3. 3. Deployment of JBoss ON achieved a very impressive average annual benefit of$147,212 per 100 JBoss users. Revenue increase accounted for 40.5% of this benefit,while improvements in IT staff efficiency constituted 23.7% of the total. Other majorbenefits came from cost reduction (19.2%) and improved user productivity (16.6%).STUDY DEMOGRAPHICSTo assess the benefits of Red Hat Systems Management, IDC conducted in-depthtelephone interviews with staff members from IT organizations located in companiesheadquartered in North America; South America; Europe, the Middle East, and Africa(EMEA); and Asia/Pacific that have deployed JBoss ON. The industries of thecompanies supported by the IT organizations include financial services, media, andbusiness services. Table 2 shows the survey demographic averages across the ITorganizations. T ABLE 2 JBoss ON Survey Demographics Demographic Average Employees 10,545 IT staff 710 IT operations management staff before JBoss ON 5 IT operations management staff after JBoss ON 4 Servers managed per system administrator before JBoss ON 38 Servers managed per system administrator after JBoss ON 84 Regions Asia/Pacific, EMEA, North America, South America Source: IDC, 2010RE ASONS FOR IMPLEMENTING JBOSSOPERATIONS NETWORKSurvey respondents were asked about the reasons their organizations decided toimplement JBoss Operations Network for managing JBoss Enterprise Middleware. Asshown in Figure 2, all of the respondents cited "reduce costs" as a major reason forimplementing JBoss Operations Network. Two-thirds of the respondents cited"increase efficiency" and "integrate processes," while one-third pointed to"competitive advantage" as a factor influencing their organizations decision.©2010 IDC #224332 3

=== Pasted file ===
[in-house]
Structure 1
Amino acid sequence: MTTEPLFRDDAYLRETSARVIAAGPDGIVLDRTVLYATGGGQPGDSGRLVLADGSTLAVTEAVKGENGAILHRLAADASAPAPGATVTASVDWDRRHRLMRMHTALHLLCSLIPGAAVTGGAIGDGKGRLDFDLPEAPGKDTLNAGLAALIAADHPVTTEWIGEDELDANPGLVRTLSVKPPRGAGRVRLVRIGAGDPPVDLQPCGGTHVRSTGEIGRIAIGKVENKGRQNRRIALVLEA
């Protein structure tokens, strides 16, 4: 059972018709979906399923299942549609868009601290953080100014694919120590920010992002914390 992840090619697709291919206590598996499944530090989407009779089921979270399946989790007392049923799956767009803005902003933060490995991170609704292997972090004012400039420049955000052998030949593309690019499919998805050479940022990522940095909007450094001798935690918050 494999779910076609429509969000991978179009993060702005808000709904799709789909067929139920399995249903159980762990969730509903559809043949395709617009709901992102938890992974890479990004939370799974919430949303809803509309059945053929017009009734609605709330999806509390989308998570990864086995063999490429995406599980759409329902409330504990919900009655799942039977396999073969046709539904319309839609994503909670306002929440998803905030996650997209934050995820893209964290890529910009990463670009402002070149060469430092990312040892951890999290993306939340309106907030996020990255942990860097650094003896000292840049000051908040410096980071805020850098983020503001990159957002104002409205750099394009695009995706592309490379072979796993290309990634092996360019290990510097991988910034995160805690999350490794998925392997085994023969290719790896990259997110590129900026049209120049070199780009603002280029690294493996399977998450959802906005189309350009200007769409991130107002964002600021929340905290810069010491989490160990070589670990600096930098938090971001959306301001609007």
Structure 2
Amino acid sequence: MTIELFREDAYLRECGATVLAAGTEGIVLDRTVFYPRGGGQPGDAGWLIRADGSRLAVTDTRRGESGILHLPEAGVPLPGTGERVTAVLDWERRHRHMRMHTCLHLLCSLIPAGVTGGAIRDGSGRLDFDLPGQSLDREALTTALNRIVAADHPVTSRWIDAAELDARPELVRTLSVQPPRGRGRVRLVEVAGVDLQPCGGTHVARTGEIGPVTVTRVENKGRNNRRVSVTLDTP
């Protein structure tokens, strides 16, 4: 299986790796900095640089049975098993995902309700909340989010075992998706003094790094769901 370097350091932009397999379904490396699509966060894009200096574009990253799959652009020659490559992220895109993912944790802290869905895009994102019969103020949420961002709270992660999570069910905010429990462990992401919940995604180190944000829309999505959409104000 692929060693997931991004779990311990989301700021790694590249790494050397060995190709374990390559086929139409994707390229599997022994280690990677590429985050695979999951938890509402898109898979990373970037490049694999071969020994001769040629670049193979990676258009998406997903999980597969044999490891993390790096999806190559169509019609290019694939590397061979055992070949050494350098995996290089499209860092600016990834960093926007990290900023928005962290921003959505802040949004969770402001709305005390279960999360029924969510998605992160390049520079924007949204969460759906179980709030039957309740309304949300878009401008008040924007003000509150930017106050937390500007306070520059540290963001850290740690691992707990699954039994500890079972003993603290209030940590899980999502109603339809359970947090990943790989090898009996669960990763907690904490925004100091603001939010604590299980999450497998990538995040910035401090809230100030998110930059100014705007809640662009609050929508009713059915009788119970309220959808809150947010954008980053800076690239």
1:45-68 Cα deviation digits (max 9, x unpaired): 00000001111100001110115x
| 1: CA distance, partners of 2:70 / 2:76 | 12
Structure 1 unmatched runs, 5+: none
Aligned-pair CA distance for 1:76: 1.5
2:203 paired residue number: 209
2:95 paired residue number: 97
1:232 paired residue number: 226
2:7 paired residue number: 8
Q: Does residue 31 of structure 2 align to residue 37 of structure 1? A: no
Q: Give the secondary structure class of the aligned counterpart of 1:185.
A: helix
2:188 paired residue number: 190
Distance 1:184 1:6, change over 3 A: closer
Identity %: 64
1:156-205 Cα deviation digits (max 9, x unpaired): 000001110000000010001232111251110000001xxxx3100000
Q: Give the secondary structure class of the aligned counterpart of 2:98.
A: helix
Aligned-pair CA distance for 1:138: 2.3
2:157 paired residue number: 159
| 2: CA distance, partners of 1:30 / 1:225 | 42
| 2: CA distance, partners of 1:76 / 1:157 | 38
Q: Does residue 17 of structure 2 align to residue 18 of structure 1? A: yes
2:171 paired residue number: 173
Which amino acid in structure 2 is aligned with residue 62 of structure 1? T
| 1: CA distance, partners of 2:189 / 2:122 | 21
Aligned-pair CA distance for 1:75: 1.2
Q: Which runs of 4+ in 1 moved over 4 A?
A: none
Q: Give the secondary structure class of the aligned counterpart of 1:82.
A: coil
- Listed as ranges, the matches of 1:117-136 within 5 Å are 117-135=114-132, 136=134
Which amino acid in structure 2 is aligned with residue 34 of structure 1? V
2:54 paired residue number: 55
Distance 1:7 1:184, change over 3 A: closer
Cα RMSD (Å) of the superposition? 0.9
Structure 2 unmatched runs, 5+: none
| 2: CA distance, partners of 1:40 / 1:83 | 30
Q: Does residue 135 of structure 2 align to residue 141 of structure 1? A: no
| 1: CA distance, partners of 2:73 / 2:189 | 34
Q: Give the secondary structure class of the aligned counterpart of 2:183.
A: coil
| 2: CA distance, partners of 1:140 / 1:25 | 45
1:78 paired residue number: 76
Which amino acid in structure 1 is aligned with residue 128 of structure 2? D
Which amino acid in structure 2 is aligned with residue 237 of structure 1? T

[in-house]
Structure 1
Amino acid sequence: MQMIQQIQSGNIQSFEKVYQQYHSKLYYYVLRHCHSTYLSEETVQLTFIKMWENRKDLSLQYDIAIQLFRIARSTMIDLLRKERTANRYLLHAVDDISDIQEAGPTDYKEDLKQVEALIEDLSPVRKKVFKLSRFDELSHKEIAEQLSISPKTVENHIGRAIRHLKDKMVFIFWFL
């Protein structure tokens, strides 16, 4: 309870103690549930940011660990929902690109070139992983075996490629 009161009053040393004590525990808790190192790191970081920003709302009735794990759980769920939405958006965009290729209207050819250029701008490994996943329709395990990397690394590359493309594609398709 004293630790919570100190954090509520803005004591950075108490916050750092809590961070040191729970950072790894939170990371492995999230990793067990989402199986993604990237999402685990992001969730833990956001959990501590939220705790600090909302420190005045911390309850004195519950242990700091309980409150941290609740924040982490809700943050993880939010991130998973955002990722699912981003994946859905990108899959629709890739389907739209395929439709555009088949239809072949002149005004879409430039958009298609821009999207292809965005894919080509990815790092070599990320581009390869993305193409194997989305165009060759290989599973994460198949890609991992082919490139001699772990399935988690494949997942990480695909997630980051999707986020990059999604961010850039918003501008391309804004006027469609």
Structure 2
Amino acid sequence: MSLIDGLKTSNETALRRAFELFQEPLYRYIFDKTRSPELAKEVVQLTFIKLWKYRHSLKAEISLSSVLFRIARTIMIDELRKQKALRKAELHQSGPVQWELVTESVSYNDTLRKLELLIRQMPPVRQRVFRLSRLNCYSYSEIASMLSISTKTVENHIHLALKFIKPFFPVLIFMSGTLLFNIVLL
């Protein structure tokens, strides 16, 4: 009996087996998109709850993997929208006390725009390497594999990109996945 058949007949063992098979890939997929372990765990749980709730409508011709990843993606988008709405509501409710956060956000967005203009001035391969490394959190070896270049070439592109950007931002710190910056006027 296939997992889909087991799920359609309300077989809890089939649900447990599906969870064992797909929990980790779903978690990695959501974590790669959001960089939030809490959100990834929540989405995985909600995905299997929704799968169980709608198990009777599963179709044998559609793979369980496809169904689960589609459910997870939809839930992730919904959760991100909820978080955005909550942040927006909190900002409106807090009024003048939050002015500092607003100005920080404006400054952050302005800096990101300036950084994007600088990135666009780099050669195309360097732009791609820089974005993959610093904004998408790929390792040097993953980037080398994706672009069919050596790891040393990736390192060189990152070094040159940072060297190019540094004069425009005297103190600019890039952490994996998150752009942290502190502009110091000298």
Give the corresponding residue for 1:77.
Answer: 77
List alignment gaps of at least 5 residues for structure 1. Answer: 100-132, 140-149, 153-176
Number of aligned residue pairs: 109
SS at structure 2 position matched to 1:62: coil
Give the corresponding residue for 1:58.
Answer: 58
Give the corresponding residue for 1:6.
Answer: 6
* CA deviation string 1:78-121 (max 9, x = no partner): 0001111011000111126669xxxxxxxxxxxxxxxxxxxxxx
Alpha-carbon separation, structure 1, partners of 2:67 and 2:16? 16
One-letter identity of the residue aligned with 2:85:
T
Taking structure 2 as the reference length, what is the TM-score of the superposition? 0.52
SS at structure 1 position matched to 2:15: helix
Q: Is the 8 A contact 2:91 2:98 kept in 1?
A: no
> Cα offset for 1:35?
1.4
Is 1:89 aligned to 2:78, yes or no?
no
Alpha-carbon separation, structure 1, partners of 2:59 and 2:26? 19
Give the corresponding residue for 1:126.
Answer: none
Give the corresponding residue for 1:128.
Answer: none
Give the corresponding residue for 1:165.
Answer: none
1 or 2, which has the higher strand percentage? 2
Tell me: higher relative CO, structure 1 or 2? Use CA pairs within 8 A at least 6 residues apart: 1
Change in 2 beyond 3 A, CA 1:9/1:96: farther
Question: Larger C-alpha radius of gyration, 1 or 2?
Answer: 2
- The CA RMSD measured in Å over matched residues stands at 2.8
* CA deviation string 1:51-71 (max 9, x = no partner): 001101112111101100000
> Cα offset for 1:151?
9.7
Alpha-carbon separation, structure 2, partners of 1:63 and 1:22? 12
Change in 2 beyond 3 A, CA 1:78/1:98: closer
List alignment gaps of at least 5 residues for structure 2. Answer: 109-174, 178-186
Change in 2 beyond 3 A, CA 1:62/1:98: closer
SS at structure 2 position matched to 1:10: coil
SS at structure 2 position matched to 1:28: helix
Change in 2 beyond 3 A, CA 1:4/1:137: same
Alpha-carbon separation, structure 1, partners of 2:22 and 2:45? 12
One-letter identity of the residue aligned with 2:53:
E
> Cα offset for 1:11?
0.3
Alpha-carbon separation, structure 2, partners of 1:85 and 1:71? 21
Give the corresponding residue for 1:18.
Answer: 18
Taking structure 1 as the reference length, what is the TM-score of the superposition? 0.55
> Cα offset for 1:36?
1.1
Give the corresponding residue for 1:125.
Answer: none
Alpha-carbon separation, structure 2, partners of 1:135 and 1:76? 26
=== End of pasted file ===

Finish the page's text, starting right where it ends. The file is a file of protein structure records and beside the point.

4. 4. FIGURE 2Reasons for Implementing JBoss ONSource: IDC, 2010BENEFITS OF JBOSS OPERATIONSNETWORKCost ReductionCompanies in this study were able to reduce costs with JBoss Operations Network bymoving away from other more expensive or less efficient tools by avoiding increasedstaffing or new hires and by reducing costs for new hardware. One customer said, "Interms of JBoss Operations Network … the centralized administration tool it isdisplacing would have a licensing fee close to $200,000 per year, and we arespending about $16,000 in licensing fees for JBoss ON."JBoss Operations Network helps IT organizations manage critical hardwareresources. A senior middleware architect commented, "With JBoss ON we can do abetter job of resource planning for our hardware; we can use the information fromJBoss ON to determine if we need more hardware, memory, etc."JBoss Operations Network enables customers to contain costs by leveraging IT staff. "The IT budget going toward keeping theAs one senior engineer of middleware services said, "The IT budget going toward lights on definitelykeeping the lights on definitely changed after implementing JBoss ON … without it we changed after implementing JBosswould need an extra 3–4 people per department, or 12 across our entire IT group, to do ON … without it wethe same work." Another example of leveraging IT staff with JBoss ON came from a would need an extrasenior manager of IT operations. "Two administrators time was mostly spent managing 3–4 people per department, or 12the 85 servers, and now they can manage our entire infrastructure of 255 servers." across our entire IT group, to do the same work."On average, the companies surveyed in this study were able to reduce annual costsby $28,311 per 100 users with JBoss ON.4 #224332 ©2010 IDC